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NASA’s Hubble Space Telescope made the Pillars of Creation famous with its first image in 1995, but revisited the scene in 2014 to reveal a sharper, wider view in visible light, shown above at left. A new, near-infrared-light view from NASA’s James Webb Space Telescope, at right, helps us peer through more of the dust in this star-forming region. The thick, read more

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Floridians are facing devastating scenes after Hurricane Ian, one of the strongest storms ever to hit the U.S., swept across the state.
The storm, which made landfall in southwest Florida as a powerful Category 4 hurricane Wednesday, flooded numerous buildings and streets, ripped off roofs, left people trapped in their homes and knocked out power to millions of read more

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Every year, a wonderful event celebrating the beauty of nature and humanity’s connection with it takes place over a weekend in Scotland.
The European “Land Art” Festival and Stone Stacking Championships were held for the fifth time in Dunbar on the shores of Scotland. Organized originally as the “John Muir Stone Stacking Challenge,” taking the name read more

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PREDAIA, Italy, Sept 21 (Reuters) – Apple farmers in the north of Italy are using natural refrigerators carved under a hillside to store their harvest in a controlled environment that remains at a constant temperature in all seasons. Three hundred metres beneath their fruit orchards in Predaia, a small town in the Trentino region, the Melinda group has read more

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Friedrich Wilhelm Heinrich Alexander von Humboldt (14 September 1769 – 6 May 1859) was a German polymath, geographer, naturalist, explorer, and proponent of Romantic philosophy and science. He was the younger brother of the Prussian minister, philosopher, and linguist Wilhelm von Humboldt (1767–1835). Humboldt’s quantitative work on botanical geography laid the foundation for the field of biogeography. read more

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In the 1930s, a group of archaeologists and explorers looking for the remains of the Mayan civilization went deep into the rainforest, where they did not find the remains of the Mayan civilization, but unexpectedly discovered many tunnels. Most of these underground tunnels are distributed in Brazil and Argentina. At the same time, there seems to be no unified construction standard for these tunnels. read more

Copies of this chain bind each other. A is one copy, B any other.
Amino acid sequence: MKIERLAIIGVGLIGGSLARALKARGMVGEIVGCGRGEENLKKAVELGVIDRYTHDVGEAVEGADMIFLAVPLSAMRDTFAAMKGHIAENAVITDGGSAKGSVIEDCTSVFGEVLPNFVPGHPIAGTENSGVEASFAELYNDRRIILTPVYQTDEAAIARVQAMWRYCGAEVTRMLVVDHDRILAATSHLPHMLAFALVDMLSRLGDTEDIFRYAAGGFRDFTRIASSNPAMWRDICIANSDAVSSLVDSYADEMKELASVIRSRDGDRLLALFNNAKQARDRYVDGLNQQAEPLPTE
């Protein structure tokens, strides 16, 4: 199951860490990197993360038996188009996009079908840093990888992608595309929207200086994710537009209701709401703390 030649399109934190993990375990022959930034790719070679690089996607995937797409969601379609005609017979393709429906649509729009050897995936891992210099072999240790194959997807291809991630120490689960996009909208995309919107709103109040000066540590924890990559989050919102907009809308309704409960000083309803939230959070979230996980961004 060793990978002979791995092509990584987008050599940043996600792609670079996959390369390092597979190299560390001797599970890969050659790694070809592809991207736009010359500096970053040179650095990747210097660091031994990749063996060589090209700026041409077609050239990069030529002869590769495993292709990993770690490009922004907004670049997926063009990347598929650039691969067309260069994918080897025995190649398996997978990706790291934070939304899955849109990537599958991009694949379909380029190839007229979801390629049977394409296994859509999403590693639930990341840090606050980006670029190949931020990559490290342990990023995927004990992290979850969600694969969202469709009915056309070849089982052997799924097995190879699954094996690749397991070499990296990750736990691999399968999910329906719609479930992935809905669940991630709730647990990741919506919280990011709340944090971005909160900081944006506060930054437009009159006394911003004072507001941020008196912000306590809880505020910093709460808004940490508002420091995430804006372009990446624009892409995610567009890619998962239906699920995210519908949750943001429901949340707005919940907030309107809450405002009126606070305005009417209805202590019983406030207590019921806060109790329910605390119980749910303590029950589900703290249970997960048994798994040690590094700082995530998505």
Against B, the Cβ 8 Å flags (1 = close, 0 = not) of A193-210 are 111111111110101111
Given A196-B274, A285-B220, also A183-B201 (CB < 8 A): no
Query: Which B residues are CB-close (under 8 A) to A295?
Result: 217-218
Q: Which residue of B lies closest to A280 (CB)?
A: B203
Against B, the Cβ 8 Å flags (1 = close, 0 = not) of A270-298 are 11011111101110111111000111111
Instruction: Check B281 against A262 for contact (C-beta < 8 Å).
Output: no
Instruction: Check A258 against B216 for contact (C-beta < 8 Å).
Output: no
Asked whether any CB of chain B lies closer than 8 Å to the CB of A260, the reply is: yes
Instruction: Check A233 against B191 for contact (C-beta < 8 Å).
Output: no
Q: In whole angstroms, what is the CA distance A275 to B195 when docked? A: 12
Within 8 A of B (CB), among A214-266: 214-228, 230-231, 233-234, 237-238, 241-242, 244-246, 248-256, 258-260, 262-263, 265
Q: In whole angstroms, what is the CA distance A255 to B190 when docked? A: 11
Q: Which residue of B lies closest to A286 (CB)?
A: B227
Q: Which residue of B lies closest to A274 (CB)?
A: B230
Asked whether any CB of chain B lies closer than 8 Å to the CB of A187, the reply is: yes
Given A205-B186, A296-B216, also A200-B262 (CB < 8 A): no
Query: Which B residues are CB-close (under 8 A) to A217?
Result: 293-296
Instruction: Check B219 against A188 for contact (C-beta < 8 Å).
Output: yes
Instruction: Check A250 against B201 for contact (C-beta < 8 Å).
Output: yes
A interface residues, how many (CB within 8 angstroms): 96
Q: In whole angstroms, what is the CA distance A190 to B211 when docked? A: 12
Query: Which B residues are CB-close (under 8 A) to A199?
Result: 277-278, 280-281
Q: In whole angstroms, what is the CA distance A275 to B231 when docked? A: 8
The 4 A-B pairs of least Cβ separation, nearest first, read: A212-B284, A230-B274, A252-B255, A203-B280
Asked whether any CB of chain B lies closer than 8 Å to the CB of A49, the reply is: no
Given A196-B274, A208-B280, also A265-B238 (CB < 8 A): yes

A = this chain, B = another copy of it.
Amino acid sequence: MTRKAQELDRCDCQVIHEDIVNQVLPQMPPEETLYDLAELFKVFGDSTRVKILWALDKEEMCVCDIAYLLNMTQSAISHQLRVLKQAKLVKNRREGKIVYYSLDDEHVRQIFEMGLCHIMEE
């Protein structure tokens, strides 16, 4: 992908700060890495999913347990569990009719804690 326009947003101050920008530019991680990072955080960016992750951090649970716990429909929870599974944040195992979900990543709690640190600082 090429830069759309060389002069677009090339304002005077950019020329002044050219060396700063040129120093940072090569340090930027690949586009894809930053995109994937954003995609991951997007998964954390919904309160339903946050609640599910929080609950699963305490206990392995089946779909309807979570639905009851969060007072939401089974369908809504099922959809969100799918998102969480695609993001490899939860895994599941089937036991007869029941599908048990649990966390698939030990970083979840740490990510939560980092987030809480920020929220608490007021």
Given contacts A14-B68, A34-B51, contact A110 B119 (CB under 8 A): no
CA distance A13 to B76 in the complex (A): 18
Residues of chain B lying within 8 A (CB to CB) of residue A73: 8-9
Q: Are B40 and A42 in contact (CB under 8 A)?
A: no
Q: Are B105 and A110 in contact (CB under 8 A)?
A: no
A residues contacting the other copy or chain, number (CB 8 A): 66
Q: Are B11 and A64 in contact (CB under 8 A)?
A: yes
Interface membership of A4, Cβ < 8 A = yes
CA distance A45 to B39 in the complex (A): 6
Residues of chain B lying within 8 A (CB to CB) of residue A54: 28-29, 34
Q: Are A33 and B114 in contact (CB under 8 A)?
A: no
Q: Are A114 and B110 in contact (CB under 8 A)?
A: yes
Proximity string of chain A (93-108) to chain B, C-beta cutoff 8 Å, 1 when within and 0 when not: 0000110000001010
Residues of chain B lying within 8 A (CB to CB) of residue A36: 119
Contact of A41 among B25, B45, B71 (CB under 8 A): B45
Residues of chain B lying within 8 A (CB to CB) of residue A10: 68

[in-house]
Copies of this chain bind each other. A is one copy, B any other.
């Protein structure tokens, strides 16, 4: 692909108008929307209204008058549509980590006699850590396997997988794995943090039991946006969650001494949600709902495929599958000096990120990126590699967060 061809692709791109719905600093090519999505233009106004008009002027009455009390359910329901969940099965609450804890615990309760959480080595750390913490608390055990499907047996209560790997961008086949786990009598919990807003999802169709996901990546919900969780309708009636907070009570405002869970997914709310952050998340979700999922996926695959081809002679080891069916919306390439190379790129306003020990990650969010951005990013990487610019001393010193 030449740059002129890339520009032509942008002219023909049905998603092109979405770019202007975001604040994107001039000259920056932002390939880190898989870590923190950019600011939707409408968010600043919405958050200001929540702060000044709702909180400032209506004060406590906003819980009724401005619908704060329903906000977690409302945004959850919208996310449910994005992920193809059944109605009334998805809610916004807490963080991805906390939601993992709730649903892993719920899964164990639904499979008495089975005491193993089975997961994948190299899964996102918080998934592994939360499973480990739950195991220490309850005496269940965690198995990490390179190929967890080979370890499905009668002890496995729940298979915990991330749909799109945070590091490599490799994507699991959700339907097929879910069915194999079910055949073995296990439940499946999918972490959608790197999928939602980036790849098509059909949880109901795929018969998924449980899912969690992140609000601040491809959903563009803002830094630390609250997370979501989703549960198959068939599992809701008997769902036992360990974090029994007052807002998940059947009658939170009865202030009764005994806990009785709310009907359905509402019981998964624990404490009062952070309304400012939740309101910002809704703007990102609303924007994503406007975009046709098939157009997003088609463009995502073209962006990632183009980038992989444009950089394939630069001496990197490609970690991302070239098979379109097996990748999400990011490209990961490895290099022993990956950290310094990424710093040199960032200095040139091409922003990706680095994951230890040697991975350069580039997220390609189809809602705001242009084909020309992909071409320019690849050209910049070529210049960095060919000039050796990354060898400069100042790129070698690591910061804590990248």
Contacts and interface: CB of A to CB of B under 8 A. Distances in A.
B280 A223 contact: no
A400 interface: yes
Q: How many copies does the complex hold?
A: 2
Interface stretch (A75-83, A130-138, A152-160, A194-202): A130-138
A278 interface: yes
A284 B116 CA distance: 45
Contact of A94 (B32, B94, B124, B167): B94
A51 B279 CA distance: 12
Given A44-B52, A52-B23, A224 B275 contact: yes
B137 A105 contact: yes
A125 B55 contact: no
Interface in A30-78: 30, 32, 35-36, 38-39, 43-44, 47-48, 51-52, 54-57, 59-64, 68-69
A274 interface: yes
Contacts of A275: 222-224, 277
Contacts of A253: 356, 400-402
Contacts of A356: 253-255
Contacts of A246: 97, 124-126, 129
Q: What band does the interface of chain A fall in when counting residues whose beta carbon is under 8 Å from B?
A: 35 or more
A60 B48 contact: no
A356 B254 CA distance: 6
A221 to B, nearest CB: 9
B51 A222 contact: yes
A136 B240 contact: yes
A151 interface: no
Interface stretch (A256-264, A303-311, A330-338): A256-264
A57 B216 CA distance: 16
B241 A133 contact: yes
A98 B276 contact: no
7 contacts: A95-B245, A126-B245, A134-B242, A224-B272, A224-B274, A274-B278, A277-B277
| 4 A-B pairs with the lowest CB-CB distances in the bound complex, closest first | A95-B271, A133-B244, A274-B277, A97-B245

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2021: A LOBSTER diver was swallowed whole by a humpback whale and then lived to tell about it after getting spit out. Wearing scuba gear Michael Packard of Wellfleet Massachusetts estimates he was about 45-feet deep scoping for crustaceans when suddenly he felt a “huge bump,” according to an interview he gave to WBZ. When he came to he was surrounded by darkness.

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A city fisherman has hauled in a record-breaking beast of the deep – a whopping 7ft halibut. The largest ever of its species to be caught by a Brit, the 90-year-old creature was caught by Paul Stevens off the coast of Norway.

He managed to catch a halibut thought to be between 70 and 90 years old measuring almost 7.5ft long weighing 400lbs – 28.5 read more

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See the James Webb Space Telescope’s Dazzling New Photo of the Cartwheel Galaxy
Located 500 million light-years away in the Sculptor constellation, the galaxy got its unique wagon wheel-like shape from a cosmic collision
Several hundred million years ago, astronomers believe the Cartwheel Galaxy collided with another smaller read more

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Italy’s rustic hut Rifugio Guide del Cervino is technically two-thirds Swiss due to glacier movement.
Swiss ski resort Zermatt and Italian resort Cervinia share a border and together form the interconnected ski area Matterhorn Ski Paradise. Year-round skiing happens on the shared Plateau Rosa glacier, currently one of the only European glaciers with lifts still turning this summer read more

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It’s so hot, roads are buckling, they’re putting foil on a bridge and roofs are melting around the world
The deadly heat waves of the last week have sparked strange infrastructural events around the world as millions endure searing temperatures that are still on the rise.

It’s so hot, the runway at a London airport melted
The United Kingdom read more

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Since 1985, people in the United States have celebrated Park and Recreation Month in July to promote building strong, healthy and resilient communities through the power of parks and recreation, and to recognize the more than 160,000 full-time park and recreation professionals — along with hundreds of thousands of part-time and seasonal workers and volunteers — that maintain our country’s local, state and community parks.

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Meet the world’s largest plant: A single seagrass clone stretches 180 km in Western Australia’s Shark Bay
Next time you go diving or snorkeling, have a close look at those wondrously long, bright green ribbons waving with the ebb and flow of water. They are seagrasses—marine plants which produce flowers, fruit, and seedlings annually, like their land-based relatives.

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